Afternoon Coffee: Learn how tech and automation can save your business money, and other procurement news

Listen to Data Intensity’s webinar on how technology and automation can save businesses money. It delves into a range of issues — like how companies are overspending an average of 20-25% and how the latest technology can solve procurement problems and boost the bottom line. Data Intensity is an Oracle partner, and its webinar features Oracle’s Mark Peachey, Senior Director of Product Management & Strategy, and Spend Matters Founder Jason Busch, who is also the Managing Director of Spend Matters Nexus. Listen to the webinar here.

Now, in other news:

U.S. to shift part of F-35 supply chain out of Turkey

Janes Defense Weekly reports that the U.S. government has decided to move out part of the F-35 Joint Strike Fighter supply chain from Turkey and bring it back to the U.S. For this, it will spend between $500 million and $600 million.

"Unfortunately, Turkey's decision to purchase Russian S-400 air defense systems renders its continued involvement with the F-35 impossible," the White House said in a statement.

Historic offshore wind power procurement project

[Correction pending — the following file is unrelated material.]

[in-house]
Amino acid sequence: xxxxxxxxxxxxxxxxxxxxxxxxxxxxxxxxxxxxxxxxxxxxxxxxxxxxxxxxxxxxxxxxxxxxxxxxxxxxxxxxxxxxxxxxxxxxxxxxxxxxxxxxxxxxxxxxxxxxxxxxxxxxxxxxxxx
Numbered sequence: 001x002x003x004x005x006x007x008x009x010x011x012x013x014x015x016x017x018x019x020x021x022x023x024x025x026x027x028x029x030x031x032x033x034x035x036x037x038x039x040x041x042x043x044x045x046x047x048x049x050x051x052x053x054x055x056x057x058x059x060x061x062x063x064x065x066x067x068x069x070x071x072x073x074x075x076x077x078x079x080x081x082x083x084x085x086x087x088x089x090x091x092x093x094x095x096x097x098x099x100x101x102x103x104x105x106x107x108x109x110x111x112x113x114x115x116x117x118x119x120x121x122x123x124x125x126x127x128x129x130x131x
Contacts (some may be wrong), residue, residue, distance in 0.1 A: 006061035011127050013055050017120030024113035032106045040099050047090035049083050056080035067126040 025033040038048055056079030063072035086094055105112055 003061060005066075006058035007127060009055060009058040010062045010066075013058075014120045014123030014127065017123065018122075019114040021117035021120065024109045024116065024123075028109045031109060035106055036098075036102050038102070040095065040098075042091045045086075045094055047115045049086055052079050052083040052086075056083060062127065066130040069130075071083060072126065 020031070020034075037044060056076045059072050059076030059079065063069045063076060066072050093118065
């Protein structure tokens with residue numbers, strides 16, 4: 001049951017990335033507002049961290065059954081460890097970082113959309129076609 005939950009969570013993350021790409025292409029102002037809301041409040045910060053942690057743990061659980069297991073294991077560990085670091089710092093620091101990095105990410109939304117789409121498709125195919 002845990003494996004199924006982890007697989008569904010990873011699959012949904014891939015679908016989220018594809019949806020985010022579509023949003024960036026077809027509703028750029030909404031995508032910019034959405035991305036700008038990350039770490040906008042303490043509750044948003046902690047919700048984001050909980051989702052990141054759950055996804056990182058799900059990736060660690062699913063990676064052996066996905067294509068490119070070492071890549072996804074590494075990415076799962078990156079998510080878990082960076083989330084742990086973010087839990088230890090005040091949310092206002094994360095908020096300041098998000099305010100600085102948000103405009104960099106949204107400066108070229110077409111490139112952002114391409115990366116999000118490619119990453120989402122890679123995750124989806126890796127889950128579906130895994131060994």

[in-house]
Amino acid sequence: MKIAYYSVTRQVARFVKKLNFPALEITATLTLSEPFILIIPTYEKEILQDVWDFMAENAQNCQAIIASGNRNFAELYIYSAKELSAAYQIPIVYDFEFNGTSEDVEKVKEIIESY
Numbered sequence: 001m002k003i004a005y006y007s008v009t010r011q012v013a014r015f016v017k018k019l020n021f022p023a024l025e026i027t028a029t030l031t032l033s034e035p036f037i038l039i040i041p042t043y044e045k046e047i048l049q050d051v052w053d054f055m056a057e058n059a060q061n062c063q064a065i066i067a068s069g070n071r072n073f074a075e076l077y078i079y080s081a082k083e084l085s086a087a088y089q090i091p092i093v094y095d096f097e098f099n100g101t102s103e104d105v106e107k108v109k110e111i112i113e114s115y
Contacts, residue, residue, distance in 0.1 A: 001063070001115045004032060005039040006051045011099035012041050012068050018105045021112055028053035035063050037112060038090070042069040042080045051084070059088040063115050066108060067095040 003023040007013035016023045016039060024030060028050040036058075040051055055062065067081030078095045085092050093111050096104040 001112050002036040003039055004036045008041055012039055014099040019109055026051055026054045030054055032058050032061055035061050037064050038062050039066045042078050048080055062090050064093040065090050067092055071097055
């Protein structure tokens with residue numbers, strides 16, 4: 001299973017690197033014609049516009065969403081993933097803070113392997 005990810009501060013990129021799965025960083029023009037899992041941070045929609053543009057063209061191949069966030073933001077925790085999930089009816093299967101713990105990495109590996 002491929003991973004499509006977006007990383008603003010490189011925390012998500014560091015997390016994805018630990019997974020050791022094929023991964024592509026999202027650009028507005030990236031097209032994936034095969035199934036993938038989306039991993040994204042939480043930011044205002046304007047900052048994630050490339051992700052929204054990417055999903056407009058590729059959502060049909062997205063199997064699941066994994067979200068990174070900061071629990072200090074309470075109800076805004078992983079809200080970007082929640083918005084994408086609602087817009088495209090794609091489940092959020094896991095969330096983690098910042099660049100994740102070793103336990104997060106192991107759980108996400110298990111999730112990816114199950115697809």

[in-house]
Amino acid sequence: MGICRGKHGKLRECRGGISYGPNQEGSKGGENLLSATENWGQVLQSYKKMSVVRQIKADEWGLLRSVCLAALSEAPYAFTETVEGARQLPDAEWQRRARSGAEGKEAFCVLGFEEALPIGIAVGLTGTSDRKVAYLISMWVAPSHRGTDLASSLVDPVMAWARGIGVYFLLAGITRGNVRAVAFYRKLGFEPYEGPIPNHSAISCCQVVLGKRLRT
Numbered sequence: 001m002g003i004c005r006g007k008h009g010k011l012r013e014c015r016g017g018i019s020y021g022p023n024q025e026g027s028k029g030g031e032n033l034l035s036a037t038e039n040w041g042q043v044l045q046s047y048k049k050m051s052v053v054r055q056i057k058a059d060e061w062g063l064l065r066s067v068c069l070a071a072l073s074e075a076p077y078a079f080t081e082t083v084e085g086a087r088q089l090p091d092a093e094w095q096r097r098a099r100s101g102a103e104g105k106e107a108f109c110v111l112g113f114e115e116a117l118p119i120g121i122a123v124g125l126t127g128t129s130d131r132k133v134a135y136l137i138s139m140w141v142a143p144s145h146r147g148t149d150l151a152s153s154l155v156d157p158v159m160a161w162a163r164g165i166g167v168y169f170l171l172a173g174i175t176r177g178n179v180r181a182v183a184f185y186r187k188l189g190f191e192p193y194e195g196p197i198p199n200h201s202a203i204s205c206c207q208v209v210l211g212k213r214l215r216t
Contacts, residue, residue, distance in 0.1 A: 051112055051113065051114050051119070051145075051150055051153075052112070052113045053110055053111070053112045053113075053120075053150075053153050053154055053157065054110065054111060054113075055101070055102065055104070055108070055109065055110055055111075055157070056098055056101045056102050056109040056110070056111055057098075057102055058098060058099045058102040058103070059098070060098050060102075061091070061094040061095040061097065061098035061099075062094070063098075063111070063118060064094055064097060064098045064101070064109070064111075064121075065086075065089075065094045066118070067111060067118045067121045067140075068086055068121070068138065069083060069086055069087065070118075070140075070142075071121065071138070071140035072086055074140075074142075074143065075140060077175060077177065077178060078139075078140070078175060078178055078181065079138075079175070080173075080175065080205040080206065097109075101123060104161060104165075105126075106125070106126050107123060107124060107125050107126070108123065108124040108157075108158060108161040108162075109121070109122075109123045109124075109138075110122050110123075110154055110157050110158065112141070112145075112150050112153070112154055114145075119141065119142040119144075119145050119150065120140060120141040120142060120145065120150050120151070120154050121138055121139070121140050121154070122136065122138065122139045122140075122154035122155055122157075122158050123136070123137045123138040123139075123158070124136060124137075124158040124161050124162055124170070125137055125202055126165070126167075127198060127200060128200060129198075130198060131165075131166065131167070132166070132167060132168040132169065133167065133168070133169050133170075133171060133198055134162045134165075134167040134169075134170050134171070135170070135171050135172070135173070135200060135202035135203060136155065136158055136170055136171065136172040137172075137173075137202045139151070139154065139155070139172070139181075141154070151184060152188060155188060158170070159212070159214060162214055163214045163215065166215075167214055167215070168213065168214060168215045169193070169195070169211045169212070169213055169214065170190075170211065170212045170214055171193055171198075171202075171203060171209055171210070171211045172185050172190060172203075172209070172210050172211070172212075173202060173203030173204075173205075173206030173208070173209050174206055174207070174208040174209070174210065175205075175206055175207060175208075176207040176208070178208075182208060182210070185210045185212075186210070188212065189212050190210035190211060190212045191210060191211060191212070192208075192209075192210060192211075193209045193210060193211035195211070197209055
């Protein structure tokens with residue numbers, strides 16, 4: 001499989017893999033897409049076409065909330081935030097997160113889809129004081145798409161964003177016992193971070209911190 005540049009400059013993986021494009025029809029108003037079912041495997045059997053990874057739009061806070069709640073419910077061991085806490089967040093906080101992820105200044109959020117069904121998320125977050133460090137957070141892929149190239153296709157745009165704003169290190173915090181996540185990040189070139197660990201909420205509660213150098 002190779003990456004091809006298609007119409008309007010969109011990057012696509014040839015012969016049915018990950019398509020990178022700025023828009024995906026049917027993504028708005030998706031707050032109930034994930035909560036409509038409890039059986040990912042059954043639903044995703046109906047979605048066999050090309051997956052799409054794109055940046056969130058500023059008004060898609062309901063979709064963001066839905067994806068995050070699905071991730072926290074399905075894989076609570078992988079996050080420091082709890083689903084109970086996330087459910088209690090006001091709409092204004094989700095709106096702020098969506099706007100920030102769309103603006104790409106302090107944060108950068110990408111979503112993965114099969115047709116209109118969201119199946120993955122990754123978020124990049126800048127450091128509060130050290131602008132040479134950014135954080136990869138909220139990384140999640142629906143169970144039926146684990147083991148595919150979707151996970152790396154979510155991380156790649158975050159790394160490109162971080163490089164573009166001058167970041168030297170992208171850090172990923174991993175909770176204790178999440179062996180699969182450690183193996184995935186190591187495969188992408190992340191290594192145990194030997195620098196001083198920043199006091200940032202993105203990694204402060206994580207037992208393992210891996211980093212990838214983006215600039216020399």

It was a historic day when New York Governor Andrew Cuomo announced the results of the largest procurement of offshore wind power in U.S. history. He named Empire Wind and Sunrise Wind as winners of the state’s first offshore wind energy project.

Signs of trade thaw? China's biggest U.S. sorghum purchase since April

With trade talks resuming with the U.S., China has made its biggest purchase of U.S. sorghum since the last week of April. According to U.S. Department of Agriculture data, the world’s top sorghum importer bought 51,072 metric tons of the grain. The purchase is most likely for livestock feed or to produce the Chinese liquor called baijiu, reports Reuters.

HECO finalizes largest-ever renewables procurement effort

Hawaiian Electric Co. (HECO) has finalized its proposed renewables plan. In documents submitted to the state regulator, it explains how it will acquire a range of non-emitting energy resources over the next five years to replace coal- and oil-fired power plants.

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